At the Palisades Farmers Market last week, one of the vegetable vendors showed a woman a small pumpkin, a sugar pumpkin. He told her that his stand would only carry them for the next two weeks and that they regularly sell out.
Sugar pumpkins are considered winter squash, which means they have harder skins, but the sweet flesh is perfect for cooking and baking.
All of your pumpkins can be used for cooking, though.
After Halloween, this editor cuts the Jack-o’-lanterns in half and places them on parchment paper on a cooking sheet.
Bake it at 350 degrees for 45 minutes to an hour or until you can pierce the pumpkin with a fork.
Once the shell has cooled, take a spoon and scoop out the inner flesh.
The larger pumpkins may have stringier flesh, but it can be mashed into a smooth texture, or some people throw the flesh into a food processor.
Once I have my pumpkin “mash,” I scoop two cups and place it in a bag. It goes into the freezer to be used when I need pumpkin.
That first night I used the cooked pumpkin to make a Thai Pumpkin Soup. Another day, I used a “bag” of pumpkin to make a pumpkin bread with chocolate chips.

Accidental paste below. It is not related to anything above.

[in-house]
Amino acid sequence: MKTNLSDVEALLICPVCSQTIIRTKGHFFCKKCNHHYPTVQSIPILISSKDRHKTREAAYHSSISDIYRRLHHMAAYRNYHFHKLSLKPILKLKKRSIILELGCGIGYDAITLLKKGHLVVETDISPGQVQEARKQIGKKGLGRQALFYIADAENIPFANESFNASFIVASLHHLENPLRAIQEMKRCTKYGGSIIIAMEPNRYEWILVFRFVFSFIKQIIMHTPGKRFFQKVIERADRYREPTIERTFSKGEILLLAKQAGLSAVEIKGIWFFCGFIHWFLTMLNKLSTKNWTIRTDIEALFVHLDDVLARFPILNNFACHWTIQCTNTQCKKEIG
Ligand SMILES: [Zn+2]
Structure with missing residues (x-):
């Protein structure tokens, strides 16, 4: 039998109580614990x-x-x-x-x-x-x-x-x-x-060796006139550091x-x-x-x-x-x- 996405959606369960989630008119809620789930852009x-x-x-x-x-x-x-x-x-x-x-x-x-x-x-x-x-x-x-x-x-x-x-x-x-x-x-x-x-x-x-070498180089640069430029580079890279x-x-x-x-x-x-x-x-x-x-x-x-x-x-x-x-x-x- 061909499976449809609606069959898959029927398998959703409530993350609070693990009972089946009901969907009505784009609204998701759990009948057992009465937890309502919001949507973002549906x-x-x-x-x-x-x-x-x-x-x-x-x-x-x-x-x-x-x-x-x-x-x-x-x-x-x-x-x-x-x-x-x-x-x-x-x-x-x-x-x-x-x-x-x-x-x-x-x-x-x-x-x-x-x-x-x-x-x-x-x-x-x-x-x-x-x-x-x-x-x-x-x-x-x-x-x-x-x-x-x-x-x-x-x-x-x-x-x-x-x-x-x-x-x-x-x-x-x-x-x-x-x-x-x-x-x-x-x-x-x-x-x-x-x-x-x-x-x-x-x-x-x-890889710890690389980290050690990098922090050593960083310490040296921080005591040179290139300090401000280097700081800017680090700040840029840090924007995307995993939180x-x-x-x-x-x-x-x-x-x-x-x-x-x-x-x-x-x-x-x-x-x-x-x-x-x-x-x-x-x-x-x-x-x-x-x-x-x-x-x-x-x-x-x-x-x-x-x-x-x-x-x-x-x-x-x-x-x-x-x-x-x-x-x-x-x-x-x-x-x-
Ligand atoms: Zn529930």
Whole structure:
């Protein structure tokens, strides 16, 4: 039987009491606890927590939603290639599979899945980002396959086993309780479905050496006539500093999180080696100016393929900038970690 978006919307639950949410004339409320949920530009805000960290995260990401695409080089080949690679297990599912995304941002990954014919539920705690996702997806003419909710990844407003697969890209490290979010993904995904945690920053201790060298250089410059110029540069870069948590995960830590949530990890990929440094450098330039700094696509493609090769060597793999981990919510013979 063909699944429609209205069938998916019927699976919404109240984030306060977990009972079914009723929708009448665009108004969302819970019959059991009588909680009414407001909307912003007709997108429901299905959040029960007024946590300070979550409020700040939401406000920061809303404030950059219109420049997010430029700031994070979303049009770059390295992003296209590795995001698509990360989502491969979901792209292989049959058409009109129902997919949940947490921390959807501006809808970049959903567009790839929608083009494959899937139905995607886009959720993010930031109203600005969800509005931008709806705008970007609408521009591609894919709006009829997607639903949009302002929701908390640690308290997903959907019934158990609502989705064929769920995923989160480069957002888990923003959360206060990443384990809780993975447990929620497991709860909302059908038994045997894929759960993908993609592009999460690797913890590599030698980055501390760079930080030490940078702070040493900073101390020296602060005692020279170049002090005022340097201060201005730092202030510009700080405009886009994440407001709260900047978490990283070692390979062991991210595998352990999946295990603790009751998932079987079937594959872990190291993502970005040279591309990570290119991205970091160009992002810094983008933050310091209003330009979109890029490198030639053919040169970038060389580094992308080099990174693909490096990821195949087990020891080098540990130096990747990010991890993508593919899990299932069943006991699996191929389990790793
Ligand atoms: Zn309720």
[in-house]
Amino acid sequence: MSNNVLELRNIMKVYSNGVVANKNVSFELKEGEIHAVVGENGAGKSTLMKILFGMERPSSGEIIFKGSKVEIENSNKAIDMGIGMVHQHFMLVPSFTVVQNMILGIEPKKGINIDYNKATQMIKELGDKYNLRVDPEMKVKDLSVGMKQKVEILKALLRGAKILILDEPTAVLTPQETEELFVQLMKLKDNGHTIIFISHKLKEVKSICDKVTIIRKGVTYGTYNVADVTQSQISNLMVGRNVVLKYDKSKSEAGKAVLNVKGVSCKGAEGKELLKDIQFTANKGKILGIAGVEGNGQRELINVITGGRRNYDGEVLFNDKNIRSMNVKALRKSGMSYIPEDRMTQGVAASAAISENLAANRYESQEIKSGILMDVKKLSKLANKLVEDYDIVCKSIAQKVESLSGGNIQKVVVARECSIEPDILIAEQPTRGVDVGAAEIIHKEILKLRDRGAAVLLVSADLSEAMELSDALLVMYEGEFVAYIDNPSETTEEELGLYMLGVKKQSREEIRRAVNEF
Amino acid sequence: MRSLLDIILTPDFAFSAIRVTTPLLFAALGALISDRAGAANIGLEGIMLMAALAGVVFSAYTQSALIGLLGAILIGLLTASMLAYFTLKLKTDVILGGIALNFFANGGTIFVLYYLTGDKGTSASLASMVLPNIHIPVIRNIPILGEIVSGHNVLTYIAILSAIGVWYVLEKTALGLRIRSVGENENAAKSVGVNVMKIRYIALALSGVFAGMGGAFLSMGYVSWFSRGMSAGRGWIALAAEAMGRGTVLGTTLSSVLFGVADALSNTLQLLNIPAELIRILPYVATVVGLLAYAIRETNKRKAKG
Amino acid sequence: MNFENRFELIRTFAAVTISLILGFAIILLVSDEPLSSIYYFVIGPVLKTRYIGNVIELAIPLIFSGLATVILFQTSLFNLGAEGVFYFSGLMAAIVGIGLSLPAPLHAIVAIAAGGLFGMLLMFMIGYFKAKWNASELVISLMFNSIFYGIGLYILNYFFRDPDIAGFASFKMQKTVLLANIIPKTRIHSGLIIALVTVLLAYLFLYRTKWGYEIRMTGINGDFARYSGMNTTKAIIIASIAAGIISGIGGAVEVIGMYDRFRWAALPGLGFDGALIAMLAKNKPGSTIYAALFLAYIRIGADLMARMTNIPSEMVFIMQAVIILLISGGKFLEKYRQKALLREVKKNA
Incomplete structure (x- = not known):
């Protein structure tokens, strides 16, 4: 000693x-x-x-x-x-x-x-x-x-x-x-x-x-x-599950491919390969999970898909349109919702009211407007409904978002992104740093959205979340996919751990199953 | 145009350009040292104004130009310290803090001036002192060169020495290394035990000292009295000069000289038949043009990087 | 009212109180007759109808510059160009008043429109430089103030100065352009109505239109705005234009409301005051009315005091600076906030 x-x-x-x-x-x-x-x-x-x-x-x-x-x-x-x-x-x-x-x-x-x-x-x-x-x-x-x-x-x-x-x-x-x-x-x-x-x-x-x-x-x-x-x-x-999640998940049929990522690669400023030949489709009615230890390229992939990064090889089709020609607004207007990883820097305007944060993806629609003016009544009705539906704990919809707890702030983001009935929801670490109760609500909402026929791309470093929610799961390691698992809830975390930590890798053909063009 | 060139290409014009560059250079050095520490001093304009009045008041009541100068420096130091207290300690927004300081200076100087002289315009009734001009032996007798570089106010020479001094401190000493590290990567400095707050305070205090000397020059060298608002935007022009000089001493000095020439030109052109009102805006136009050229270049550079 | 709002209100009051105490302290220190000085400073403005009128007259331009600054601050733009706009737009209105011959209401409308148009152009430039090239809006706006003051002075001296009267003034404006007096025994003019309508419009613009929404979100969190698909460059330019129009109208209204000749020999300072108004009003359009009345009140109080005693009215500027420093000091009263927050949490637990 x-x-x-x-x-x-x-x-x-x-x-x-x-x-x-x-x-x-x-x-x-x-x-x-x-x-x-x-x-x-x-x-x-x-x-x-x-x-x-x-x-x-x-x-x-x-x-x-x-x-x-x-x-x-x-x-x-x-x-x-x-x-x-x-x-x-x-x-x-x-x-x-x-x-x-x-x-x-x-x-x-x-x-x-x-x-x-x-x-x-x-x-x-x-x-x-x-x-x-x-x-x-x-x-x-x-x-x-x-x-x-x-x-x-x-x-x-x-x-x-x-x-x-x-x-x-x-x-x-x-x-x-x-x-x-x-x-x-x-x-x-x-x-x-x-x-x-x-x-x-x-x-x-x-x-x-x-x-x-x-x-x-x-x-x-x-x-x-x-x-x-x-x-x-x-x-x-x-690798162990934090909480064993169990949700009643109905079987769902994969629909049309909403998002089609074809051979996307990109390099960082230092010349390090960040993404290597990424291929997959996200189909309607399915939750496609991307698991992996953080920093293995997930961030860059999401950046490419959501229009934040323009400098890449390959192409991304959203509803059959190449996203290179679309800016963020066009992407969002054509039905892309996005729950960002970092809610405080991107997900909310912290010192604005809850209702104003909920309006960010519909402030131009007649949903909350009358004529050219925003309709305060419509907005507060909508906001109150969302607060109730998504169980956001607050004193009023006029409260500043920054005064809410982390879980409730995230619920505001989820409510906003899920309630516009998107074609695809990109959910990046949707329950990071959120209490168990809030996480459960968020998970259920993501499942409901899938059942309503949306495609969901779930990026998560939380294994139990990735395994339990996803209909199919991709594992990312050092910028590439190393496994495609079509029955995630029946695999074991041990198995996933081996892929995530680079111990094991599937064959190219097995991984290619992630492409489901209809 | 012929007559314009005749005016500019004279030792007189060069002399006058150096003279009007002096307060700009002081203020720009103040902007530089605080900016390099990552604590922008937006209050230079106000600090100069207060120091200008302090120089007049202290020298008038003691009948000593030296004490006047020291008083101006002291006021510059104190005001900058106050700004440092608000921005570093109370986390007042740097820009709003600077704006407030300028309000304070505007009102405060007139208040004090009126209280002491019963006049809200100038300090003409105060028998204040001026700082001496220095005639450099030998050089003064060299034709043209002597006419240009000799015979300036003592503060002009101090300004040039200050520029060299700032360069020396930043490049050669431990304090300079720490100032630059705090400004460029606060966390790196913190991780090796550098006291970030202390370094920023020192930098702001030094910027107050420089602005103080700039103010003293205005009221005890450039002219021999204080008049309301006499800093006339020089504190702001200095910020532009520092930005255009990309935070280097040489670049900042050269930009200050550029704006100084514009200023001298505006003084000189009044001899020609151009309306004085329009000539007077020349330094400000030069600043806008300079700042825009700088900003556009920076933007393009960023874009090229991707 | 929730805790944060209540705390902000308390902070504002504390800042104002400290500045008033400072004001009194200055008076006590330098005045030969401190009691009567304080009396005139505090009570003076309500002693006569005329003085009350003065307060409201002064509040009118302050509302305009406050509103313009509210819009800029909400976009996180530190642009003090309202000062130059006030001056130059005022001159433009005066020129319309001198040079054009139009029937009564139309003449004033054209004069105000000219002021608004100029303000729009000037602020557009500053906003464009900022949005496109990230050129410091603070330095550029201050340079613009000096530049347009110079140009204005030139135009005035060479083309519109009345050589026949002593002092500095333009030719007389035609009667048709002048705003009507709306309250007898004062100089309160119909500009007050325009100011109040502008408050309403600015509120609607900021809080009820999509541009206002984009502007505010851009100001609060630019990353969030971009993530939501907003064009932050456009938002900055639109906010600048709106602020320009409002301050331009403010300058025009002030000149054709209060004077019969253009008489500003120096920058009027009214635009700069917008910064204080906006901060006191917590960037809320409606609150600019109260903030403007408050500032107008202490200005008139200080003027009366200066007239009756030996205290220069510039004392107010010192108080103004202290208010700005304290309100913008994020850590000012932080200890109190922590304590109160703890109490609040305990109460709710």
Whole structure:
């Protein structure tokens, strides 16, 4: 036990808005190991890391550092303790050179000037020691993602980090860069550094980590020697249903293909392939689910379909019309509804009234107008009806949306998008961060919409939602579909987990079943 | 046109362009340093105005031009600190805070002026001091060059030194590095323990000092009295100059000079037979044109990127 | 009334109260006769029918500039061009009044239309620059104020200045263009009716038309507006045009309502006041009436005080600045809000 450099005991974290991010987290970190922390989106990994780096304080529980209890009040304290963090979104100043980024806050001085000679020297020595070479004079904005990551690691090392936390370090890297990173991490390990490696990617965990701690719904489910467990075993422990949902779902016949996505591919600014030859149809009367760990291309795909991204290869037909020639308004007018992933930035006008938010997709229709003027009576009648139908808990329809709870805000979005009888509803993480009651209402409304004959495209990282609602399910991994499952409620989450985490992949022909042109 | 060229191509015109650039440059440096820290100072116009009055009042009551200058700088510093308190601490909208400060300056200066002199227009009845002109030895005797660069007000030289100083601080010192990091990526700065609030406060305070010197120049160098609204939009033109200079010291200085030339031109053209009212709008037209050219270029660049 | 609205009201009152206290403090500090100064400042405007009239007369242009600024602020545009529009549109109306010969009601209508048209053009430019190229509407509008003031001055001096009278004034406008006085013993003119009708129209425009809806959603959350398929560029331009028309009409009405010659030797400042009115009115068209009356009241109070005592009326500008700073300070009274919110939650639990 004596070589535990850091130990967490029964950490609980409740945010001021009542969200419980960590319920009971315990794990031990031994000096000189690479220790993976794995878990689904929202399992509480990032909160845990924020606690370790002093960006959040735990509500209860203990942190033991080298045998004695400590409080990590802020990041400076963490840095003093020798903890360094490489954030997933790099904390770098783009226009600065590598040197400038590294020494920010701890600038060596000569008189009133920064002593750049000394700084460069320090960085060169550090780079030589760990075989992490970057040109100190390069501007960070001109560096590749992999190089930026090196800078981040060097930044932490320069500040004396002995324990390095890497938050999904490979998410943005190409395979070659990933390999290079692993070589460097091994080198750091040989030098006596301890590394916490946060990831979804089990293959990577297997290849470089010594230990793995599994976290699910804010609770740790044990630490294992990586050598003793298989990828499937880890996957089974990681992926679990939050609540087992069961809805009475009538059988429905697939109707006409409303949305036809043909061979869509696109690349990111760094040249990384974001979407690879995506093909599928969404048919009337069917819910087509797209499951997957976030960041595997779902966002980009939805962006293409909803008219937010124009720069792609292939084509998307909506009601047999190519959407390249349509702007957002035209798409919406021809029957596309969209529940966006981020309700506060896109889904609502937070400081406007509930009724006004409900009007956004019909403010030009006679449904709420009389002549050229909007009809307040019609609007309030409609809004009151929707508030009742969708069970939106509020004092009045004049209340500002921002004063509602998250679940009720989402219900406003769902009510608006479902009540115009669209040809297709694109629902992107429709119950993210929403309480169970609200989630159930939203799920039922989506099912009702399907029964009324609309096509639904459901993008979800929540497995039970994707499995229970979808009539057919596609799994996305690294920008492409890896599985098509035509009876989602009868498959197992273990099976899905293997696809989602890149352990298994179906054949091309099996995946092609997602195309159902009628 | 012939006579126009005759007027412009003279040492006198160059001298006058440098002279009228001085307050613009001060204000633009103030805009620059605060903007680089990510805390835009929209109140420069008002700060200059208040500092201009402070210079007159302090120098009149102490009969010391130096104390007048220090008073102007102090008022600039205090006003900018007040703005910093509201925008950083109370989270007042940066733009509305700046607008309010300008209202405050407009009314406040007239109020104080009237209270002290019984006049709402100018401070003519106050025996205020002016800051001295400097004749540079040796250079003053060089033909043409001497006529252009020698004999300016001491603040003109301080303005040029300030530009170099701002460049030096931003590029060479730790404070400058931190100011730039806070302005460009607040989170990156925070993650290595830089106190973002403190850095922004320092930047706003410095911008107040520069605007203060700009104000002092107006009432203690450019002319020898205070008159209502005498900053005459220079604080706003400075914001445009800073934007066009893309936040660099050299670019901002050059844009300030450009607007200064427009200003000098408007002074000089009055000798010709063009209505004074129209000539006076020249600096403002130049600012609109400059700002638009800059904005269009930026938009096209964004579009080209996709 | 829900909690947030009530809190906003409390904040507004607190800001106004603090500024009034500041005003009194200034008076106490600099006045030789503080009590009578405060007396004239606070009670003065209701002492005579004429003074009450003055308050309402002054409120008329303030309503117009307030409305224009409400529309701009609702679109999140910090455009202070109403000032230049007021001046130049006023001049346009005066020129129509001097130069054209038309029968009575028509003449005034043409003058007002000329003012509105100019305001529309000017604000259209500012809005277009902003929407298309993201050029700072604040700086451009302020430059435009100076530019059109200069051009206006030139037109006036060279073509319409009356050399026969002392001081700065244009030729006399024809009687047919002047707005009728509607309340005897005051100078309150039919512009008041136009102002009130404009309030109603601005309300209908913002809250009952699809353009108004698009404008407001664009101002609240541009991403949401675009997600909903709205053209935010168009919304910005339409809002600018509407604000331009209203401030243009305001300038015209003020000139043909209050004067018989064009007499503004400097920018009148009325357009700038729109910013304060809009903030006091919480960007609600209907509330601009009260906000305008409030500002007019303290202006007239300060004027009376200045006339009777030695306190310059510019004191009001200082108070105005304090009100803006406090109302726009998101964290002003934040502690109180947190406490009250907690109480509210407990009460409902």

I did save the “sugar” pumpkin, for the pumpkin pie, which I plan to make for Thanksgiving.
Americans throw away so much, and this is such an easy and delicious way to recycle.
Instead of picking up a can of pumpkin or a pie ready-made at a store, pick up a sugar pumpkin at the market, bake it, and see how easy it is to make your own.
If you need a turkey for Thanksgiving–my brother and sister-in-law sent a video of a flock of wild turkeys that were strutting up and down on their driveway in the Black Hills of South Dakota.